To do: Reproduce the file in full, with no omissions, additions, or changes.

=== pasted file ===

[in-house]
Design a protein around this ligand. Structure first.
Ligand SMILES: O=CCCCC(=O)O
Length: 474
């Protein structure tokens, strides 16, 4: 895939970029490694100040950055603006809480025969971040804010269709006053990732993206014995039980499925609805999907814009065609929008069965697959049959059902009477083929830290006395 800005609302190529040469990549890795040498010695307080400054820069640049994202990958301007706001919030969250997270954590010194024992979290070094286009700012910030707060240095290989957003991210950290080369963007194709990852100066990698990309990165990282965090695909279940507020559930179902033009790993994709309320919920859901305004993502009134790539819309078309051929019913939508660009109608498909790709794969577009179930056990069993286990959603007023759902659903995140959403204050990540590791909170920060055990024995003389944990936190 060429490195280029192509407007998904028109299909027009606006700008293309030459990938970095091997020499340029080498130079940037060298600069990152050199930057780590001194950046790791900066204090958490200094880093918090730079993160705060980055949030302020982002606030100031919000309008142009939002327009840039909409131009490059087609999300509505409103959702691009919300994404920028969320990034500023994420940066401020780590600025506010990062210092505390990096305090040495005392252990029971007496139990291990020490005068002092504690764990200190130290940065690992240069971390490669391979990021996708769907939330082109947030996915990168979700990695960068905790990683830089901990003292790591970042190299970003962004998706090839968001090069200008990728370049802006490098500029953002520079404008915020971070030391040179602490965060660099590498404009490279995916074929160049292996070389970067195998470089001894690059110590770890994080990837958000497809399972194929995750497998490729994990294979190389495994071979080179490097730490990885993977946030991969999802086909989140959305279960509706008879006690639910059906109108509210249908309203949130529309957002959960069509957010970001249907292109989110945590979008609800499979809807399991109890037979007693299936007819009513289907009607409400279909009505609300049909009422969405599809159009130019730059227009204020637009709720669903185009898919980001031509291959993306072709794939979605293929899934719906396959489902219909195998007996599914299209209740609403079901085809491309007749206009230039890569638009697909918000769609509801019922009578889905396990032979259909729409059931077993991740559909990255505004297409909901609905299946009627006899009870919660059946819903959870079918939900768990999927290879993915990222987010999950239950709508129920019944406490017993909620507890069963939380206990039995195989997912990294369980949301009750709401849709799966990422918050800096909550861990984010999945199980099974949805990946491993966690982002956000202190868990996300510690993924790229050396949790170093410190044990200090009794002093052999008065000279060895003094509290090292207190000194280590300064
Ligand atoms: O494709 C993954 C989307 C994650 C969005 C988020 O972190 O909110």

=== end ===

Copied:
[in-house]
Design a protein around this ligand. Structure first.
Ligand SMILES: O=CCCCC(=O)O
Length: 474
């Protein structure tokens, strides 16, 4: 895939970029490694100040950055603006809480025969971040804010269709006053990732993206014995039980499925609805999907814009065609929008069965697959049959059902009477083929830290006395 800005609302190529040469990549890795040498010695307080400054820069640049994202990958301007706001919030969250997270954590010194024992979290070094286009700012910030707060240095290989957003991210950290080369963007194709990852100066990698990309990165990282965090695909279940507020559930179902033009790993994709309320919920859901305004993502009134790539819309078309051929019913939508660009109608498909790709794969577009179930056990069993286990959603007023759902659903995140959403204050990540590791909170920060055990024995003389944990936190 060429490195280029192509407007998904028109299909027009606006700008293309030459990938970095091997020499340029080498130079940037060298600069990152050199930057780590001194950046790791900066204090958490200094880093918090730079993160705060980055949030302020982002606030100031919000309008142009939002327009840039909409131009490059087609999300509505409103959702691009919300994404920028969320990034500023994420940066401020780590600025506010990062210092505390990096305090040495005392252990029971007496139990291990020490005068002092504690764990200190130290940065690992240069971390490669391979990021996708769907939330082109947030996915990168979700990695960068905790990683830089901990003292790591970042190299970003962004998706090839968001090069200008990728370049802006490098500029953002520079404008915020971070030391040179602490965060660099590498404009490279995916074929160049292996070389970067195998470089001894690059110590770890994080990837958000497809399972194929995750497998490729994990294979190389495994071979080179490097730490990885993977946030991969999802086909989140959305279960509706008879006690639910059906109108509210249908309203949130529309957002959960069509957010970001249907292109989110945590979008609800499979809807399991109890037979007693299936007819009513289907009607409400279909009505609300049909009422969405599809159009130019730059227009204020637009709720669903185009898919980001031509291959993306072709794939979605293929899934719906396959489902219909195998007996599914299209209740609403079901085809491309007749206009230039890569638009697909918000769609509801019922009578889905396990032979259909729409059931077993991740559909990255505004297409909901609905299946009627006899009870919660059946819903959870079918939900768990999927290879993915990222987010999950239950709508129920019944406490017993909620507890069963939380206990039995195989997912990294369980949301009750709401849709799966990422918050800096909550861990984010999945199980099974949805990946491993966690982002956000202190868990996300510690993924790229050396949790170093410190044990200090009794002093052999008065000279060895003094509290090292207190000194280590300064
Ligand atoms: O494709 C993954 C989307 C994650 C969005 C988020 O972190 O909110």